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(Credit: Heinrich Klaffs)


B.B. King's favourite album by The Rolling Stones

Veteran blues musician B.B. King died in 2015, aged 89. Known for his wild solos, the guitarist’s shadow hung over Irish rockers Rory Gallagher and Gary Moore, as well as English blues outfits The Yardbirds and The Rolling Stones. 

Contented with his place in life, King spent his final years as a mentor to aspiring musicians, hoping to create their own sound. When he was asked by The Guardian to name an album that broke down “prejudices”, the 82-year-old nominated The Rolling Stones record Beggars Banquet

“The Stones were superstars,” he exclaimed. “I supported them on tour in 1969 and to be able to do something with them was a godsend for me. It probably didn’t mean much to them, but it meant a lot to me. Keith was always playing something and looking at me as if to say, ‘You can’t play this!’ I loved working with them and I’d work with them tomorrow if they’d let me. The Stones opened a lot of eyes – white and black – because many people didn’t know about the blues. I wanted them to think of it as music in the same way as I wanted them to think of us as people.” 

Beggars Banquet proved something of a game-changer for The Rolling Stones. Luxuriating in a confidence that had grown over the 1960s, Mick Jagger was singing freely, while rhythm guitarist Keith Richards was now recording many of the solos himself, as Brian Jones was becoming increasingly more unreliable to work with. From the piano-heavy ‘Sympathy For The Devil’ to the folk textures of ‘Prodigal Son’, the album is played breezily, never a note wasted or misplaced.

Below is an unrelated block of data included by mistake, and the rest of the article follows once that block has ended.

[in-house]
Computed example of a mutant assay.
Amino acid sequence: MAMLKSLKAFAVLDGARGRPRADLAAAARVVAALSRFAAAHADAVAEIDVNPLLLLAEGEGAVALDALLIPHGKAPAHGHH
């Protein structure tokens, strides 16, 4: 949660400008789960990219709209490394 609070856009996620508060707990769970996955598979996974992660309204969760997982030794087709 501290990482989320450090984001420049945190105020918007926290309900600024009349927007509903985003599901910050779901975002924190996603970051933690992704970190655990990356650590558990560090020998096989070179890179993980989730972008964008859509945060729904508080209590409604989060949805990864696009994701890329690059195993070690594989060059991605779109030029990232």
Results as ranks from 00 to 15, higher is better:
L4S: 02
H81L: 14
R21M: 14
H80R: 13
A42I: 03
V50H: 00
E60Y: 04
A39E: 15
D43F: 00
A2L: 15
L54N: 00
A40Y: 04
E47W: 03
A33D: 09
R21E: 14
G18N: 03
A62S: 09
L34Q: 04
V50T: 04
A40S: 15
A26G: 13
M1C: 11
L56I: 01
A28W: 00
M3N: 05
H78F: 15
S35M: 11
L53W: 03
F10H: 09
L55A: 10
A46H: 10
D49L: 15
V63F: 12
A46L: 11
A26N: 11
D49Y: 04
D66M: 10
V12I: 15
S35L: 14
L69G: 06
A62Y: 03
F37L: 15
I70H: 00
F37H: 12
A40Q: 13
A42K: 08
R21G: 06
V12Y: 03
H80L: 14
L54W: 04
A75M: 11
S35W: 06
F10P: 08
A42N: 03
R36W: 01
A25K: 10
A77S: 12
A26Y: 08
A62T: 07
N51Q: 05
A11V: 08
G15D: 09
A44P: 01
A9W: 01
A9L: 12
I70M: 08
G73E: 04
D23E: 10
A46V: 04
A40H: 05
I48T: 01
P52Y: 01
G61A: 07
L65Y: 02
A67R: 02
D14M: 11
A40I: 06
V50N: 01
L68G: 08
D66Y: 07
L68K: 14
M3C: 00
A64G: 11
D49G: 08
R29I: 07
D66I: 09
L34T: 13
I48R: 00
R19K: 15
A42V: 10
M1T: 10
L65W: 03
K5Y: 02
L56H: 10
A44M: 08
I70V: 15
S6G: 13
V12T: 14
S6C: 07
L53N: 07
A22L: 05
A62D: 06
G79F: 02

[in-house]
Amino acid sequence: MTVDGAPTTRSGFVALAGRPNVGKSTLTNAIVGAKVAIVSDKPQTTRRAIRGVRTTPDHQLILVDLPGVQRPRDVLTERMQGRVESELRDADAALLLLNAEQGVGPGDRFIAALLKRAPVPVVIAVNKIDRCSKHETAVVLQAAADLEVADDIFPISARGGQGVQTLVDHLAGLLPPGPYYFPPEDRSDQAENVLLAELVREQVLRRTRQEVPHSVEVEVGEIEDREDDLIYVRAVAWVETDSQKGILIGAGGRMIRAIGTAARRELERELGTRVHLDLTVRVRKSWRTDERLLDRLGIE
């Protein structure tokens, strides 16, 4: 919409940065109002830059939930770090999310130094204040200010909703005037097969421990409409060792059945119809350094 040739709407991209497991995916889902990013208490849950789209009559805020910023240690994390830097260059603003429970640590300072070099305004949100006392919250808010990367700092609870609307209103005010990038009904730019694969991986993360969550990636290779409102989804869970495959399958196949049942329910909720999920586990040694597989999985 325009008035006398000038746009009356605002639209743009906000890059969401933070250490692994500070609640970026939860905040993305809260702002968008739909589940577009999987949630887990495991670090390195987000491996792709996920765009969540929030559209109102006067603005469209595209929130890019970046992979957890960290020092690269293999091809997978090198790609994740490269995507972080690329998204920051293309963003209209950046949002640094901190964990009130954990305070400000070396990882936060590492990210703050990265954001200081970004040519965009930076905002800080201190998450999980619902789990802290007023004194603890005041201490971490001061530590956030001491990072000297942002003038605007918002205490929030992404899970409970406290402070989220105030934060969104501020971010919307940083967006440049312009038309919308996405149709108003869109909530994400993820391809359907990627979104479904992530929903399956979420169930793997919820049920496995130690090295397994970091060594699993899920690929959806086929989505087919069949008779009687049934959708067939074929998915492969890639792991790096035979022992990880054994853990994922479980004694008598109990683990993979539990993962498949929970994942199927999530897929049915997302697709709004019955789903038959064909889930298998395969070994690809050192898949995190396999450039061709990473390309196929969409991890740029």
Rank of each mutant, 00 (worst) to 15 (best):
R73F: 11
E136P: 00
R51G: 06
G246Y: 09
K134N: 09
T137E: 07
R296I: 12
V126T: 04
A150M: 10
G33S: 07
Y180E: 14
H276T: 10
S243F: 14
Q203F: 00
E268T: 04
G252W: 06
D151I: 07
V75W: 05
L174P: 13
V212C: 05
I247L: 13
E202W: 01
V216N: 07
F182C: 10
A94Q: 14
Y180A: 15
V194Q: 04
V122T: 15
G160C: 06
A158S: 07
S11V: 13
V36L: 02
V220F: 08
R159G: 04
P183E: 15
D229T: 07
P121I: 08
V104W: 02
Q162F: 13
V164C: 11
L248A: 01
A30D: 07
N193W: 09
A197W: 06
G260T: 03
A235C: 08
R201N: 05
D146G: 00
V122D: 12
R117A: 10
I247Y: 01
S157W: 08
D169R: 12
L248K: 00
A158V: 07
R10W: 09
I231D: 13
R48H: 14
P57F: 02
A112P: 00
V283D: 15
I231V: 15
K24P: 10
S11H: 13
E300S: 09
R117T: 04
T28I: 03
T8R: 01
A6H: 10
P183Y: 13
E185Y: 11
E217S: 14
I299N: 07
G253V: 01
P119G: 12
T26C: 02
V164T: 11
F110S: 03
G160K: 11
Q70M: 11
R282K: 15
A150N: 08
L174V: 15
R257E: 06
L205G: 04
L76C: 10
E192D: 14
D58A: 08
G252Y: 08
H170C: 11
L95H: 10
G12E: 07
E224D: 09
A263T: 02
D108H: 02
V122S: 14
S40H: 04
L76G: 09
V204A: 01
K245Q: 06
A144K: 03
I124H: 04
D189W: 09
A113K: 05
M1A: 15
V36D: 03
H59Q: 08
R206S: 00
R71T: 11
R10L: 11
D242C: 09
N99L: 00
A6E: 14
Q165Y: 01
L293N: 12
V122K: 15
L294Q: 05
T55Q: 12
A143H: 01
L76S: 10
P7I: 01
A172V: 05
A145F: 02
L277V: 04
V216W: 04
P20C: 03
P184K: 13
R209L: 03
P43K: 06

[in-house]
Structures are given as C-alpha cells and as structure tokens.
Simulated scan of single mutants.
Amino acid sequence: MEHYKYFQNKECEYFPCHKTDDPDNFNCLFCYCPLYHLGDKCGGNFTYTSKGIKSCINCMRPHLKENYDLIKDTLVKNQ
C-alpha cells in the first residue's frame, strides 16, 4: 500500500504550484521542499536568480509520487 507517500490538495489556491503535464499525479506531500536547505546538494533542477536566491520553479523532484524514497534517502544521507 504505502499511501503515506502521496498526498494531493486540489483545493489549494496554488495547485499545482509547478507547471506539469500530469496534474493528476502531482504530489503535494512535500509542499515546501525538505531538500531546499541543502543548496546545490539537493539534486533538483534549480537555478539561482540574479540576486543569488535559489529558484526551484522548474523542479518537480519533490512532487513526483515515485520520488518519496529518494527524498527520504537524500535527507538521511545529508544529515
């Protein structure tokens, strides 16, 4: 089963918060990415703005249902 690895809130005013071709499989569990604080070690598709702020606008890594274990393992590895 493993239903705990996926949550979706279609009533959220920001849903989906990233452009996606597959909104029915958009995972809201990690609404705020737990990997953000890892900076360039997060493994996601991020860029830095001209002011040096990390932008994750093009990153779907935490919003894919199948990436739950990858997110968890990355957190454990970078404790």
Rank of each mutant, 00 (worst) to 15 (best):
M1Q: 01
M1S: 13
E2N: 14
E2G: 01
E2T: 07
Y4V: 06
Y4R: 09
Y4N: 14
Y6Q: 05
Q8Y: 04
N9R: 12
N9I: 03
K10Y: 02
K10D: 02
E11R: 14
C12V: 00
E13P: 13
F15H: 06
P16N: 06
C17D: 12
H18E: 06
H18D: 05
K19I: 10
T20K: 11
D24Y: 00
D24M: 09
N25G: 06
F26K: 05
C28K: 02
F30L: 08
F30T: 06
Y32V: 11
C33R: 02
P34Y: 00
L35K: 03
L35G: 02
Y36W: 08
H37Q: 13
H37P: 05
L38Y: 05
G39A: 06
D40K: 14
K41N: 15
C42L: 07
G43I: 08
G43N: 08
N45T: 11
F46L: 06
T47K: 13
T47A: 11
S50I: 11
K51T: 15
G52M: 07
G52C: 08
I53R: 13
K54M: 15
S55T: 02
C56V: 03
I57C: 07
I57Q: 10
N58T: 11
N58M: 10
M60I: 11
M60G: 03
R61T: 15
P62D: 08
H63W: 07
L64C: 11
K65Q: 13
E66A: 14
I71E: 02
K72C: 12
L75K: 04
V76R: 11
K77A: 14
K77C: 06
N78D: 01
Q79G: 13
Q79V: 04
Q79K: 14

The album also boasts ‘Street Fighting Man’, a frenzied rock number that saw the band tackling more songs of a more politically oriented nature. Written amidst the changing American landscape, the song also offered Jagger his chance to salute France, which was to become a second home to the vocalist. 

King’s influence emerges on the grizzly-sounding ‘Parachute Woman’ a blues number par excellence. Richly produced, and written against one of Charlie Watts’ steeliest drum patterns, the song also holds one of Jagger’s most committed vocals. As if proving themselves worthy of the genre, The Stones invited blues savant Mick Taylor into the fold to replace Jones in 1969. 

With Taylor firmly positioned as the band’s lead guitar player, The Rolling Stones charged into the 1970s, bolstered by a series of urgently written riffs, and a singer who was eager to explore the extent of his limbs. From 1970 onwards, the stage acted as a dance hall for Jagger, who purred, prowled and pirouetted across the floor, buoyed by the promise of sex, scandal and sophistication. 

And with Taylor, the band were driven to more intricate, even progressive, heights, and the band’s most successful album of the decade, Sticky Fingers, exhibited a versatility that was comparable to The Beatles very own work. Rather than ape them as they did with Their Satanic Majesties Request, The Rolling Stones wisely chose a different path to The Fab Four with an outlet that was more grounded, more rock centred and more reverent of the blues. Beggars Banquet sounded completely different to the confluent of influences that made up The White Album, although, to the band’s embarrassment, the cover of Beggars Banquet bore a striking resemblance to The Beatles double album. 

That didn’t matter to King, who applauded the band’s eagerness to explore a genre that was very close to his heart. And much like The Rolling Stones, King enjoyed a creative second wind in the late 1980s. Bono invited him to sing on U2′s rollicking ‘When Love Comes To Town’, which was an undisputed highlight on the band’s unfocused Rattle and Hum album. It helped open King up to a newer, younger audience who were moving away from the electric guitar, for the synthesiser and electronic drum.

Richards commemorated King during a Twitter interview in 2015. “He was one of the true gentlemen and I shall miss him a lot,” Richards wrote. “I always had a great time with him when our paths crossed.” He elaborated as only he could, “Well, what can you say now? At least we have his records. And farewell, B.B.”